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  #1  
Old 01-06-2008
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Sea Stallion

Earlier this year there was a thread on the Sea Stallion's planned voyage from Denmark to Dublin. The BBC showed a documentary on the voyage last night.

http://newsvote.bbc.co.uk/2/hi/scien...re/7171577.stm
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Old 01-06-2008
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The rudder is a surprise to me, last I'd heard they used steering oars or boards ("st'rboard). No moving parts to break under the waterline.

The author doesn't seem up on Vikings though. They didn't pillage because they were stuck without a credit card--they had and could have carried money. But the Norse culture centered around independent land owners (farmers) who were citizens in a democracy (like Rome, with slaves) that taught one must be both a warrior and a poet at the same time.

In the fall, after the farmers brought in their crops, they went viking (it's a verb) to prove they were warriors and to bring home booty. No excuses needed, that was the culture.

Sadly they had no flavor for conquest or empire--because the roamed, sacked, burned, pillaged, all over their known world, from the interior of Russia and the Volga River, all the way down around to Constantinople and the Sudan.

It was only in the 20th century that historians figured out their "tall tales" of "blue men" and "burning decks" meant they had sailed into the tropics. The Old Norse language has no word for "black", the closest word they had translates as "the blue-black color of ravens" and the "blue" men were a mistranslation for "black" men. They got to Africa.

A most peculiar culture, a shame that they were converted by bribery and deceit, and they're no longer around to tell AlQueda which end to stick it up.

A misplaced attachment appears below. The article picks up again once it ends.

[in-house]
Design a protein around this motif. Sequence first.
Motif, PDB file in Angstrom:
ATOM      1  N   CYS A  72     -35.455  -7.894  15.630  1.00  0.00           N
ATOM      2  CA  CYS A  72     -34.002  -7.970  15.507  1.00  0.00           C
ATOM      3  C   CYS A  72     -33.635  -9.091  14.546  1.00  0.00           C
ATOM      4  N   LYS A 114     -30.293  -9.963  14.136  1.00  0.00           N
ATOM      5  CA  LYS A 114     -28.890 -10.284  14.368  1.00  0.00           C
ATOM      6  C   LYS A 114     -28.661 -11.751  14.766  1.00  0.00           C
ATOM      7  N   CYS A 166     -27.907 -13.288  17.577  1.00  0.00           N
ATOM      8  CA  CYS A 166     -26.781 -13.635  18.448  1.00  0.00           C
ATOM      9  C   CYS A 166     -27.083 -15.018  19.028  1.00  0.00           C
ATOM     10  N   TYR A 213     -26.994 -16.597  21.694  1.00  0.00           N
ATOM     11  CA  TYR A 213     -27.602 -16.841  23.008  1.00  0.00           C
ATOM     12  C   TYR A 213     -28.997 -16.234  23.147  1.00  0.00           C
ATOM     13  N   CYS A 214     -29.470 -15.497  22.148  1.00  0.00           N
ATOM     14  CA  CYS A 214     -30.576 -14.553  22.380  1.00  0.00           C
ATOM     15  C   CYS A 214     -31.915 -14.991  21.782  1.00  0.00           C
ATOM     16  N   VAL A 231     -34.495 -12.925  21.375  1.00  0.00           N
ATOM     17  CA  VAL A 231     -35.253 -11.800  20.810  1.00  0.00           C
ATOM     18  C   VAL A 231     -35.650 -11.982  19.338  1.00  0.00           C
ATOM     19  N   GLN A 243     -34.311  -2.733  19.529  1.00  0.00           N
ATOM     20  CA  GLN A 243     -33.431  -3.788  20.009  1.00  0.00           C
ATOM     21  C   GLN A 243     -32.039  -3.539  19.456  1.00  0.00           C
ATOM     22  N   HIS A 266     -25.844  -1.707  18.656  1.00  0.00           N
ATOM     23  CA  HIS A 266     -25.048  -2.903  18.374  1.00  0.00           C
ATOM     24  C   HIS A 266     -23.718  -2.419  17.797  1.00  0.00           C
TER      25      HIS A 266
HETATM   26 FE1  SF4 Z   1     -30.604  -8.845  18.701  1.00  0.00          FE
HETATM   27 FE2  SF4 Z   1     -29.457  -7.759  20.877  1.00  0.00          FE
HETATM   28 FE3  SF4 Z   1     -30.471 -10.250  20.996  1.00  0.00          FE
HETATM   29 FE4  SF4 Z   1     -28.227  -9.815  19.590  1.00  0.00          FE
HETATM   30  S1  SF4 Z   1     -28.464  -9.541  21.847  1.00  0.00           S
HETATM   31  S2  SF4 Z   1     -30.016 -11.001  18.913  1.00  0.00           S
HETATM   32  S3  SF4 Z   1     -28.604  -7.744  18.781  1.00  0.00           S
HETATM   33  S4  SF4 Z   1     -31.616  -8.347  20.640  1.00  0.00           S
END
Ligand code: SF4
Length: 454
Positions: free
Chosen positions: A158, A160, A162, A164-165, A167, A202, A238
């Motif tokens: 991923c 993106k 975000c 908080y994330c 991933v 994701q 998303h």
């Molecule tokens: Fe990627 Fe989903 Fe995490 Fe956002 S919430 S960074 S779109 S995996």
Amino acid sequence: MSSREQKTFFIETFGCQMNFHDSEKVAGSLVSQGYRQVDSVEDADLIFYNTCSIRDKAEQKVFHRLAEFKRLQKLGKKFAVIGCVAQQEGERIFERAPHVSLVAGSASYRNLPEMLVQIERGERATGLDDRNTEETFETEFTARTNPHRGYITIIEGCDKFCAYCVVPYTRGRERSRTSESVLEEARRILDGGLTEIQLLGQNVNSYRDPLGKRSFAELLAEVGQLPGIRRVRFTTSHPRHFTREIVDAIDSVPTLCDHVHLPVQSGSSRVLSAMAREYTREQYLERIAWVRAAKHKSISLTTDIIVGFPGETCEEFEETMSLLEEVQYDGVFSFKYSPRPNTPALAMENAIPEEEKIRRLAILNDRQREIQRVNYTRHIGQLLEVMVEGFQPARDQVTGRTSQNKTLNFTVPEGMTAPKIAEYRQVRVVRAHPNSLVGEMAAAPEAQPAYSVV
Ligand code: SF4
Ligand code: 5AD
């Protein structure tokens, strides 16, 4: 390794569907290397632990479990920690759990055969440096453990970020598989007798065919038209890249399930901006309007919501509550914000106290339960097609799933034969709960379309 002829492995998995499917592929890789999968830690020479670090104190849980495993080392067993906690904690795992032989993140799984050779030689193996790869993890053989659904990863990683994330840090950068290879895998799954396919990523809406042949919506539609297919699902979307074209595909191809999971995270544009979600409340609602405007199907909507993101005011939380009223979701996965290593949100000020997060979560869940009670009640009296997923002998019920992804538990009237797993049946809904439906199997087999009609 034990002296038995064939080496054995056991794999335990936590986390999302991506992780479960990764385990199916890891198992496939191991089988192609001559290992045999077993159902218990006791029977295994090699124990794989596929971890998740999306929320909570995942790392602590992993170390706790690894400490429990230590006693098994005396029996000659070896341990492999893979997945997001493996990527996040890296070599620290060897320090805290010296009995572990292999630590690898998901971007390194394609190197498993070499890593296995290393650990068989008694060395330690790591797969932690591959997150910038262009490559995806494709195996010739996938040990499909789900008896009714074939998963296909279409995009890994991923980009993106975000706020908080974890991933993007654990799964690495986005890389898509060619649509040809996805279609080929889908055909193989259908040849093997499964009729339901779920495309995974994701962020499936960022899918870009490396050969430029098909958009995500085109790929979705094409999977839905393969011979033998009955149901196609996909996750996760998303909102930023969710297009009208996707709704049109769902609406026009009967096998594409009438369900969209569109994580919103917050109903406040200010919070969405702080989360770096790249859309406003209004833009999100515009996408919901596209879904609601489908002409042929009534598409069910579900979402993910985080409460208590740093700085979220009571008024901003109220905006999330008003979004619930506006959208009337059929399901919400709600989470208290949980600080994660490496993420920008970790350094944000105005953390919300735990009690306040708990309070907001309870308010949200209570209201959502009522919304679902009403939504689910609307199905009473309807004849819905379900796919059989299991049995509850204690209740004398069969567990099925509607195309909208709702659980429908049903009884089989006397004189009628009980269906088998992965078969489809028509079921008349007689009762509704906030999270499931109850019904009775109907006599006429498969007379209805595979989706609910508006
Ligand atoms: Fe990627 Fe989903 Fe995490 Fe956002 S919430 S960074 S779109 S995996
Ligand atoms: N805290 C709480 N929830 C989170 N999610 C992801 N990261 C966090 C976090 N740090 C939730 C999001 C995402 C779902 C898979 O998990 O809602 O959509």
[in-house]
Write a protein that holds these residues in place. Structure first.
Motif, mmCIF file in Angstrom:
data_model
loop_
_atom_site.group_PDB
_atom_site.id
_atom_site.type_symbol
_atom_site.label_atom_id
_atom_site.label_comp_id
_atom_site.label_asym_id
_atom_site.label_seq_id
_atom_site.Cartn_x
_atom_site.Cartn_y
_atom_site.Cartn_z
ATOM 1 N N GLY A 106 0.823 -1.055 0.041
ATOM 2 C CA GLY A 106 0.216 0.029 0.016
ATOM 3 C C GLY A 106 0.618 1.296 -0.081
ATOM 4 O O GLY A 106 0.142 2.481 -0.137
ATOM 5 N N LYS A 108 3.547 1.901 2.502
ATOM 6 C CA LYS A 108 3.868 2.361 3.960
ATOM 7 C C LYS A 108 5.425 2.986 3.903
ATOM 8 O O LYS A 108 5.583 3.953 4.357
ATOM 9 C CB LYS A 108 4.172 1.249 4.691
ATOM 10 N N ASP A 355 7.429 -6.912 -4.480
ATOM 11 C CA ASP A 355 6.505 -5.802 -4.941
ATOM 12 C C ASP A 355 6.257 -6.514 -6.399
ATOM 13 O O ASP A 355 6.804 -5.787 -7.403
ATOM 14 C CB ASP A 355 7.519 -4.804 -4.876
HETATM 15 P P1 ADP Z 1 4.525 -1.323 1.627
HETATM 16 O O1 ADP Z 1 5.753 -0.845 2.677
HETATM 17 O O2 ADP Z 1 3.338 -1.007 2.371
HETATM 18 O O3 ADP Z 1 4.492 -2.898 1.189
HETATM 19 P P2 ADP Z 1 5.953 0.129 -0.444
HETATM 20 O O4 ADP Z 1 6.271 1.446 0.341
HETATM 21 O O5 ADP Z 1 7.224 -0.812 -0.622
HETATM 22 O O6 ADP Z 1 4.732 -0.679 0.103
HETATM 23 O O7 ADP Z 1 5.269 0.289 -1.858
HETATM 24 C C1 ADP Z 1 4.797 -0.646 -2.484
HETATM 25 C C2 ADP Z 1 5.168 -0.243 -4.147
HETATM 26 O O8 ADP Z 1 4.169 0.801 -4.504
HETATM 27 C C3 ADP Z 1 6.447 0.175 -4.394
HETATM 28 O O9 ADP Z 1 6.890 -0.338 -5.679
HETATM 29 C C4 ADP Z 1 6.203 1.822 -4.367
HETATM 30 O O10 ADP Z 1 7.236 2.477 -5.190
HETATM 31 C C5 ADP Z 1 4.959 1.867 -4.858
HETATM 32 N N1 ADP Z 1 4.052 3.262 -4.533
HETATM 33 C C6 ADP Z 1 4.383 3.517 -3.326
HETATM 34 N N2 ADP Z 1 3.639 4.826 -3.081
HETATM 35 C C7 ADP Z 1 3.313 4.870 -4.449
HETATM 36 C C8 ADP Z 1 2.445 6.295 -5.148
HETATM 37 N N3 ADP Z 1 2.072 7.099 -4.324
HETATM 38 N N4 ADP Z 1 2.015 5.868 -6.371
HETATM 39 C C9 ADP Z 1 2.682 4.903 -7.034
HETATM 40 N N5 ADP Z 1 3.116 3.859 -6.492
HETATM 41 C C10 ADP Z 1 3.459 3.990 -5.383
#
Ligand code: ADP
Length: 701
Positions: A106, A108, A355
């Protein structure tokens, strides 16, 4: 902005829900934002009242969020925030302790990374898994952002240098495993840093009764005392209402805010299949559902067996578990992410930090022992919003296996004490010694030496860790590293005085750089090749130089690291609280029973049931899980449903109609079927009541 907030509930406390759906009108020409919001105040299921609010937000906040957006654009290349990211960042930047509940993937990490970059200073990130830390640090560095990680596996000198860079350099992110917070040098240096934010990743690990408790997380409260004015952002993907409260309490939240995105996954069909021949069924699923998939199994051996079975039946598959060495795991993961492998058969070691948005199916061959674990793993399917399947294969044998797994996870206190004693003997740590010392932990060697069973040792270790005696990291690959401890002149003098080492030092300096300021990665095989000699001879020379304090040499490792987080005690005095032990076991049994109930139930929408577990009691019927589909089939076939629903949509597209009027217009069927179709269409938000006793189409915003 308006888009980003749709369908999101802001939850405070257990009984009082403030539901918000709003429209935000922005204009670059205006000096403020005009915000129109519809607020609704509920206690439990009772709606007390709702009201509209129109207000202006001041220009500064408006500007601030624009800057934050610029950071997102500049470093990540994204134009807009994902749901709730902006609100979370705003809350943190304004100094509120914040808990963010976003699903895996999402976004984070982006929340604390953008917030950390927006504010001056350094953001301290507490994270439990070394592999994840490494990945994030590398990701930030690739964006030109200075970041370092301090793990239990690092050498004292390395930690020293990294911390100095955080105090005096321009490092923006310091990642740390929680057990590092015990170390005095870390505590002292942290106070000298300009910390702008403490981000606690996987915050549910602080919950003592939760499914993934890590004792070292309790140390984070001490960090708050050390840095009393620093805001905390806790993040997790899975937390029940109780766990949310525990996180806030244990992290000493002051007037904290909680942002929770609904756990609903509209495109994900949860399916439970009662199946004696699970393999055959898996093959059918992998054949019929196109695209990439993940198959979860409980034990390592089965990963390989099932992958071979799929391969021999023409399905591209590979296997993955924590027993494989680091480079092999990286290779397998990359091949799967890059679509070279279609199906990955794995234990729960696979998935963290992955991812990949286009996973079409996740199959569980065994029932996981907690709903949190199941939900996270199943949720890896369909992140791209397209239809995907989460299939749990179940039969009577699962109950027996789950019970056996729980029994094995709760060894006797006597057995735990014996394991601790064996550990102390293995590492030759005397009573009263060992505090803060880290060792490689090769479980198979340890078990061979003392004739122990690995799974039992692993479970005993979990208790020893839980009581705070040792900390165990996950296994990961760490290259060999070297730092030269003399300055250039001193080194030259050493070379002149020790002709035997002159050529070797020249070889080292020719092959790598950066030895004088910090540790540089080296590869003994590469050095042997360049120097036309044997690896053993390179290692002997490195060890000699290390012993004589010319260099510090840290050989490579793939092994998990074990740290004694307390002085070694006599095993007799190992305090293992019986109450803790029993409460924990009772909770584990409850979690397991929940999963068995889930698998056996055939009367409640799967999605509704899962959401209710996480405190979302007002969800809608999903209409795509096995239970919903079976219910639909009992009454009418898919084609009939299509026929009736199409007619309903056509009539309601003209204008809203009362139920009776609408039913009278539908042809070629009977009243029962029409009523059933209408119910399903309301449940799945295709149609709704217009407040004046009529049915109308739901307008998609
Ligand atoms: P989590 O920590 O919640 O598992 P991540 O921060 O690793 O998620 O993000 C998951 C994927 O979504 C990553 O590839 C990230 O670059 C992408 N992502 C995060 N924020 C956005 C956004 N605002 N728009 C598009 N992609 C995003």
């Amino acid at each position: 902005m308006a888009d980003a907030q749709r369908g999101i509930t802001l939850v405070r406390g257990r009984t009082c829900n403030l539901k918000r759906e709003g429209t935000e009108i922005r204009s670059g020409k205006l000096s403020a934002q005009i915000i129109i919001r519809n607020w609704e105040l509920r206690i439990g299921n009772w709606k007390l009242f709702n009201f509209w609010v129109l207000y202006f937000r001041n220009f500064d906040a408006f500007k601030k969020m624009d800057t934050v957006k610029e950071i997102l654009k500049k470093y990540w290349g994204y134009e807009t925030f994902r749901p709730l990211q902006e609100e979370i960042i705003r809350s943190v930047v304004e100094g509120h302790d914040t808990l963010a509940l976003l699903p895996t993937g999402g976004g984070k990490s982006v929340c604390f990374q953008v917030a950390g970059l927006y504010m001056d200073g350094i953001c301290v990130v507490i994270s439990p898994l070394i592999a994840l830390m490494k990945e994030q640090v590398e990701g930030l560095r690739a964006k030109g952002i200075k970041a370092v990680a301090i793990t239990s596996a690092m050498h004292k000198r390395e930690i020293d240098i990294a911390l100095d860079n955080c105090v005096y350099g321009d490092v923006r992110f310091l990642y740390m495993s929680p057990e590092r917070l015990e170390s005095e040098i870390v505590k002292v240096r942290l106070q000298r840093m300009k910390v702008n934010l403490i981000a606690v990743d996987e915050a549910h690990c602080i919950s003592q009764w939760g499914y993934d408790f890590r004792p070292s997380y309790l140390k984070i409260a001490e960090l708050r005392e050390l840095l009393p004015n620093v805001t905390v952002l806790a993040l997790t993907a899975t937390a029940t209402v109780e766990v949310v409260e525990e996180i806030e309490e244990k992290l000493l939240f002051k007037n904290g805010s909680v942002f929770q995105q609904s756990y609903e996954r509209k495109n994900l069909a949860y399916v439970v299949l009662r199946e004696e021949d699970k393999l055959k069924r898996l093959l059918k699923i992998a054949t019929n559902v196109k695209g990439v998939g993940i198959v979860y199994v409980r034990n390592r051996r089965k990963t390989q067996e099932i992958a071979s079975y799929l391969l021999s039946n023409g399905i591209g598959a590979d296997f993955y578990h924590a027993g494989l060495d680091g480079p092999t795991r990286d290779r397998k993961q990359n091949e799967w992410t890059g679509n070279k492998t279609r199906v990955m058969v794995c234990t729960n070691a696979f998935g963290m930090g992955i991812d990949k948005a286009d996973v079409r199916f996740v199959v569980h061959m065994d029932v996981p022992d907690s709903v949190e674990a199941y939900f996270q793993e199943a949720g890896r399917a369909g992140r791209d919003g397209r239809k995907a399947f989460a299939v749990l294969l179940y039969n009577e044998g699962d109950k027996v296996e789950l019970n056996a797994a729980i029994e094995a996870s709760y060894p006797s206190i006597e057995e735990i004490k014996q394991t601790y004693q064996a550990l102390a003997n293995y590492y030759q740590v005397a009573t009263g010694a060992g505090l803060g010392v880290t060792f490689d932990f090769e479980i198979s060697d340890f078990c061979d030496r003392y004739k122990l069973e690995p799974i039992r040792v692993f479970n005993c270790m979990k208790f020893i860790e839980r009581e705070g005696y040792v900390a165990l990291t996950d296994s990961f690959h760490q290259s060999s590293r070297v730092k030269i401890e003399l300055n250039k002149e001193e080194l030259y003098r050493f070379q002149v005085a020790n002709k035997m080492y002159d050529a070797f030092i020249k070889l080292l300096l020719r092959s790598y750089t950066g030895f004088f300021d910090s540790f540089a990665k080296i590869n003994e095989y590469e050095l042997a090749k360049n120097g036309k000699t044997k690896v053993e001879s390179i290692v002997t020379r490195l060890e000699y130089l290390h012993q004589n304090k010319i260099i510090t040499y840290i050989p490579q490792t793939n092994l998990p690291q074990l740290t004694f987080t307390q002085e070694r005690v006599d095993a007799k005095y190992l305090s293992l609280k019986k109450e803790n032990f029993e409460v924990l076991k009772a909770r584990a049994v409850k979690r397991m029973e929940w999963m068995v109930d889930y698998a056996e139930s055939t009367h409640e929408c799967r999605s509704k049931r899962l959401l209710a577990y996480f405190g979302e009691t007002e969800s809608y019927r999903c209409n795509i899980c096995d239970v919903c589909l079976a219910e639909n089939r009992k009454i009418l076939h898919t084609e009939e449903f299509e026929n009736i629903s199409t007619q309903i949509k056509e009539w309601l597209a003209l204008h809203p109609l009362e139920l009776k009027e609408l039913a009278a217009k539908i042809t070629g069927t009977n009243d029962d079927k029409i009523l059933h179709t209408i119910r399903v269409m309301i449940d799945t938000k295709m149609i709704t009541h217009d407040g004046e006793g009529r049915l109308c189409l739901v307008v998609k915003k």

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Old 01-06-2008
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Sea Stallion of Glendalough

I was lucky enough to see the Sea Stallion as it arrived in Malahide, a few km's north of Dublin and plan to wave them off on their return to Denmark next summer.

The 'blue man' comment is interesting - in Irish 'fear gorm' is the translation for a black man though 'gorm' is blue ('dubh' is black). Obvoiusly a connection. It seems reasonable that the widly travelled, hairy assed Vikings told us about the blue men and we adopted the term into Irish.

In school we were told that 'An fear dubh' was the devil and so a new term was needed when we encountered black men. However, I have found that the teachers lied a lot.

On arriving in Ireland the Vikings quickly tired of looting and pillage and, instead, founded cities, avoided local politics, traded like demons and canoodled with the Gaelic babes.

Which is probably why we eventually asked them to leave. Three hundred years later.
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Old 01-06-2008
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Three hundred years?!

No doubt because the Norse had mead, but needed to step out to get the whiskey.
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Old 01-07-2008
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Quote:
Originally Posted by hellosailor View Post
The rudder is a surprise to me, last I'd heard they used steering oars or boards ("st'rboard). No moving parts to break under the waterline.
They were using a multiply leather strop to hold the steering oar to the stbd aft hull and allow the oar to swivel and steer. It failed twice. They did emphasise that there were a lot of unknowns as to how the Vikings really did it, that was their researchers' best estimate and since it failed, it was probably not the right way.

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